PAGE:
EITHER WAY:  The word ONLY is not in the biblical text.  It is ADDED in the minds of those who read it and interpret it as such.


Obviously, both of the ANTI ORDINATION BIBLE passages mentioned above add meanings to the text that are not there.  These kinds of additions and presuppositions are often the norm for those against WO.  So, in actual fact, the issue is not the text itself but the interpretation that has been read into the text.  I cannot accept unwarranted conclusions merely because they have been traditions of the church.  Nor can I accept an interpretation of Scripture that discriminates against women.  For too long we have used the Bible in an illegitimate manner to limit women playing an equal role with men in the salvation of the human family.  For anti-women’s ordination leaders, it seems more important WHO baptizes and teaches a person to believe the gospel and grow in faith than the fact that someone draws them to the Savior.  I believe it is time for our church to understand the real implications of the gospel and stop reading into Scripture what is not there for the sake of devaluing women as lesser individuals in God’s order of creation.  More than a century ago, people who believed in slavery used the Bible in a similar manner to keep people from experiencing true freedom.  If a woman has been called by God to a particular ministry, should not the church recognize that appointment?


For further study please see:



  • 27. July 2015 at 12:27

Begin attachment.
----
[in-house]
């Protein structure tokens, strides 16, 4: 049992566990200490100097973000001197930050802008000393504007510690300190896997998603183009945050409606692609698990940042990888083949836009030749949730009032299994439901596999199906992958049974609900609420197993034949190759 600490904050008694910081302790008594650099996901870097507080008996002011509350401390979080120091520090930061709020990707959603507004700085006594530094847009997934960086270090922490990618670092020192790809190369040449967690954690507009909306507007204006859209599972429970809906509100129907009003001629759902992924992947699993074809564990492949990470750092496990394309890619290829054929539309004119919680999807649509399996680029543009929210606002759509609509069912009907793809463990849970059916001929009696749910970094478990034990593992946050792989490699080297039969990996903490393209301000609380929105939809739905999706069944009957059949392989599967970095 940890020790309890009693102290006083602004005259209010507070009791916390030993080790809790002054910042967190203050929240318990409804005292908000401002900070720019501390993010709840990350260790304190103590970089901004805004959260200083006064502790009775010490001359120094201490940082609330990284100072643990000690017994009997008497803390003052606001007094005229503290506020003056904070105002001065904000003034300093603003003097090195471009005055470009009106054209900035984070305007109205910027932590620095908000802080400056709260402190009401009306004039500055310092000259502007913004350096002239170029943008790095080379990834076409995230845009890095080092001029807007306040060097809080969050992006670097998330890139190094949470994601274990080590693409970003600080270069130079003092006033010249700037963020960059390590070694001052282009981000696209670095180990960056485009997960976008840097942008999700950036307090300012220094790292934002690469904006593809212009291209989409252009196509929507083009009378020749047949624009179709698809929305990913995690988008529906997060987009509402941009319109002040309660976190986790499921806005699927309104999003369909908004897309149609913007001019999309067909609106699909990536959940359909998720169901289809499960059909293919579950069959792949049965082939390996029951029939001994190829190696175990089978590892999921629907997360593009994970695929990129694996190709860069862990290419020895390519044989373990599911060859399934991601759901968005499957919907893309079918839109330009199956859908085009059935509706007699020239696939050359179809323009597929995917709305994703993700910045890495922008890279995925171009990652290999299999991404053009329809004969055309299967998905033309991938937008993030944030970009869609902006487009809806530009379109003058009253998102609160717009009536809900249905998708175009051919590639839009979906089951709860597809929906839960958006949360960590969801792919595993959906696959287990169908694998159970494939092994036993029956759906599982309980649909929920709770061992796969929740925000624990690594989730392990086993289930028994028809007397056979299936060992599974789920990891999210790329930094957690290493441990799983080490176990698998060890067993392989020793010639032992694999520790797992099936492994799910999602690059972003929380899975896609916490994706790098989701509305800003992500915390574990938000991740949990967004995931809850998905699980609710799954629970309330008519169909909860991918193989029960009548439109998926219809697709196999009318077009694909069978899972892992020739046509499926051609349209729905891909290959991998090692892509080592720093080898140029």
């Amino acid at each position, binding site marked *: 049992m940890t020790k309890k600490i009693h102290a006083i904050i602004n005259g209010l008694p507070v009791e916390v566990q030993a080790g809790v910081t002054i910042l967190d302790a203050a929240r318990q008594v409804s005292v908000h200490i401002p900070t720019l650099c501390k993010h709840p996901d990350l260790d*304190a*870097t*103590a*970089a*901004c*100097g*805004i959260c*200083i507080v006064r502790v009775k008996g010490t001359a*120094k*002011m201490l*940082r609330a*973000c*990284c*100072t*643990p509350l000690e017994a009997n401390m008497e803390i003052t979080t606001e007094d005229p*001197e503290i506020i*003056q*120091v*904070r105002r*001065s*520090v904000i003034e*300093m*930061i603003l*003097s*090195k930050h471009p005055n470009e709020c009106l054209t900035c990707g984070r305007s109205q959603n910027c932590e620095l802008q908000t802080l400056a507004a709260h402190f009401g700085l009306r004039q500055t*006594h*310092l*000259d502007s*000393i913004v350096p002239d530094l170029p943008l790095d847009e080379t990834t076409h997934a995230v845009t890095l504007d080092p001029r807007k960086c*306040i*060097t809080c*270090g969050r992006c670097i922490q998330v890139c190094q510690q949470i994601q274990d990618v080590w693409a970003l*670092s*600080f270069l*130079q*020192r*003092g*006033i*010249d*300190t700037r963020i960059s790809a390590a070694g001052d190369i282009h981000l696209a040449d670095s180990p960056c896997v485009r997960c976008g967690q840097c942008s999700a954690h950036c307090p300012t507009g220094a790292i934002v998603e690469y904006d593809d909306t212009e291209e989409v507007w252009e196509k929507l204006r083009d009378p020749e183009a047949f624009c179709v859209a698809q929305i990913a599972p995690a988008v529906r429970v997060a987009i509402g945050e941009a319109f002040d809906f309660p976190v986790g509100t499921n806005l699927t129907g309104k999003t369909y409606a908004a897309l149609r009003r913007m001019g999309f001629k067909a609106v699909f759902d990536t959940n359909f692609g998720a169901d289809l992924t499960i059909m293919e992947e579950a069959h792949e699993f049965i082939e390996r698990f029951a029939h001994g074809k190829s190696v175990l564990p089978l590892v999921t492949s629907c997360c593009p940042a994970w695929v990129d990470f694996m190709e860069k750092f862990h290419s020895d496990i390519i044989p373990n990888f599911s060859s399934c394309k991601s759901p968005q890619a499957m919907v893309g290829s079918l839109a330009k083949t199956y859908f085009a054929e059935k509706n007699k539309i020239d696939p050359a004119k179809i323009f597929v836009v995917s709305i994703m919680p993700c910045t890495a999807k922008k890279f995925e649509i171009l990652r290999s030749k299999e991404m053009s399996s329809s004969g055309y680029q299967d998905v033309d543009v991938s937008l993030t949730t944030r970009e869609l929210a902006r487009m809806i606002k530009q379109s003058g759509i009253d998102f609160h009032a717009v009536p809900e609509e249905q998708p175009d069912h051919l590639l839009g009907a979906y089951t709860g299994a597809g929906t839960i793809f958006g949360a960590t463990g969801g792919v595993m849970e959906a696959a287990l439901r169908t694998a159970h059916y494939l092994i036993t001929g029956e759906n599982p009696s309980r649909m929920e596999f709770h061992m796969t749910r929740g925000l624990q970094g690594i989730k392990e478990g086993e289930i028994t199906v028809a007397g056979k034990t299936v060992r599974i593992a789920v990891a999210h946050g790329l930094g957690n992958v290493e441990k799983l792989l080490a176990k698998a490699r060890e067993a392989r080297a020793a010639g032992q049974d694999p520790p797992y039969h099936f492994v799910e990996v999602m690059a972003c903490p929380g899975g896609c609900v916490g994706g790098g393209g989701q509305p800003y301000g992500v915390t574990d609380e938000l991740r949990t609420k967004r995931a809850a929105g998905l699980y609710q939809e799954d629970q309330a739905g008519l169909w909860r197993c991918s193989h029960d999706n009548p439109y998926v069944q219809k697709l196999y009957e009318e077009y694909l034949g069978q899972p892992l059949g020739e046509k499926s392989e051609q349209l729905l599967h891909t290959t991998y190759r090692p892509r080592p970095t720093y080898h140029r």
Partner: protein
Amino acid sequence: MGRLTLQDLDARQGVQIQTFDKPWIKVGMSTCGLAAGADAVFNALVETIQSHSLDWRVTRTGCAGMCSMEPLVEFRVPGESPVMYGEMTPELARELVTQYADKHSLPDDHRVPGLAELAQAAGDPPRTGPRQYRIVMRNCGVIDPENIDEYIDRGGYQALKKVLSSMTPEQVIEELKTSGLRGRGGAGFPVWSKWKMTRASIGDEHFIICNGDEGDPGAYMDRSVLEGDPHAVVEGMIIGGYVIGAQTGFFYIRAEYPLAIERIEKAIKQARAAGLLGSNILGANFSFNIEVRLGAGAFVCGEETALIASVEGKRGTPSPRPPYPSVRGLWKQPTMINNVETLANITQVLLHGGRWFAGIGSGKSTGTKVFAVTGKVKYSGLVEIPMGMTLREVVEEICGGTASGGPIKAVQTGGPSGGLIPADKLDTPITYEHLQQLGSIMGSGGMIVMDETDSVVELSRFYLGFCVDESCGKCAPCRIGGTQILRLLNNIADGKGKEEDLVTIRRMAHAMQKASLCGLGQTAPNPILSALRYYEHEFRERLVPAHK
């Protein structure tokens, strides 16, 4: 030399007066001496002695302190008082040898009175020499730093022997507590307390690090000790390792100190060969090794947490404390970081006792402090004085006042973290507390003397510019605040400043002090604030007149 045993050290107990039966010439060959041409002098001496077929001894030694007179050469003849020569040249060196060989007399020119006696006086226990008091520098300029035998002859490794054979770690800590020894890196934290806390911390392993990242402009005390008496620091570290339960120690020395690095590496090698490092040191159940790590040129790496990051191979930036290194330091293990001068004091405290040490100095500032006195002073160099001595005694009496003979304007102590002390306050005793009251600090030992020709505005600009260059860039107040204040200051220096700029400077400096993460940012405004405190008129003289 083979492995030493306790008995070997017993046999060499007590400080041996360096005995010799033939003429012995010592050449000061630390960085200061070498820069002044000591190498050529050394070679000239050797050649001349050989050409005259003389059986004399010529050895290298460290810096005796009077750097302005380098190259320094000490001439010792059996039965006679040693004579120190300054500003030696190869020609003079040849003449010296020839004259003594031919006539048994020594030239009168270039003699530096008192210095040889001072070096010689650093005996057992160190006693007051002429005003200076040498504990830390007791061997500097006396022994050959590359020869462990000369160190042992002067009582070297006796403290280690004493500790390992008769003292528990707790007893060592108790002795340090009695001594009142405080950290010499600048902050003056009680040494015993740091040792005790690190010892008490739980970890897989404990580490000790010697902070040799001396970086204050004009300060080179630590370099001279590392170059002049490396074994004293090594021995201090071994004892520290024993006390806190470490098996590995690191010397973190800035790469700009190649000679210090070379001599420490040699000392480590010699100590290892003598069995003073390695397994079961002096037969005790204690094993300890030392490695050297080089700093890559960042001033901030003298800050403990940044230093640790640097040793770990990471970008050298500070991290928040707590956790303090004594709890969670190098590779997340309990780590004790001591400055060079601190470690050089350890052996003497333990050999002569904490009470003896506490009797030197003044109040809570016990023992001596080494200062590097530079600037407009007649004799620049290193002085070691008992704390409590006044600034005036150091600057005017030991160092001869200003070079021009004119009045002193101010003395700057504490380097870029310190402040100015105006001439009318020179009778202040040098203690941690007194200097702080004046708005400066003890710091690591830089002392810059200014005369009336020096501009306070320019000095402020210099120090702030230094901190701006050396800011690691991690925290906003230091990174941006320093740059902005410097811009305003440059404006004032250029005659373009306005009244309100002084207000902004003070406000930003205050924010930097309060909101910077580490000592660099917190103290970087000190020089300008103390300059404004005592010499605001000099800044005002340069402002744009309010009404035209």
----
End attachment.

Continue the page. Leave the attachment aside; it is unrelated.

very clearly that she was also a judge. And Deborah, a prseehtpos, the wife of Lapidoth, she judged Israel at that time. And she dwelt under the palm tree of Deborah between Ramah and Bethel in mount Ephraim: and the children of Israel came up to her for judgment. Judges 4:4-5.This brings to mind Ellen White. Ellen White had the gift of prophecy but never referred to herself as a prophet. She, in fact, said that her work encompassed much more than that of a prophet. This is significant, since many today, ironically those who believe in her writings, want to limit her work to that of a prophet. At the very least, this shows us that God does not consider it a sin for women to be in spiritual leadership posts. Whether elected by people or called directly by God, women can be used in leadership. To make the critical issue whether a woman is selected by God (which makes her calling valid) as opposed to selected by people (in which case she does not have a valid calling) begs the question of how do we know whether someone is called by God? And, can there be cross-over can someone who is called by God also be selected by people and vice versa? Are only prophets called by God while pastors and others are not? Additionally, to be consistent, those who argue for the creation/pre-fall headship of men over women (something that cannot be concluded from a carful reading of Ellen White and the Bible) must also argue for men to be in headship not only in the home and church but also in every other area of life politics, the workplace, etc. This lack of consistency really is based on nothing other than culture. If we were living in Ellen White’s day many would be arguing that women could not vote or hold public office, etc. issues that Ellen White chose to remain silent on in her day much like Paul did on the slavery issue in his day (due to it being an issue that the society of his time was not ready to confront).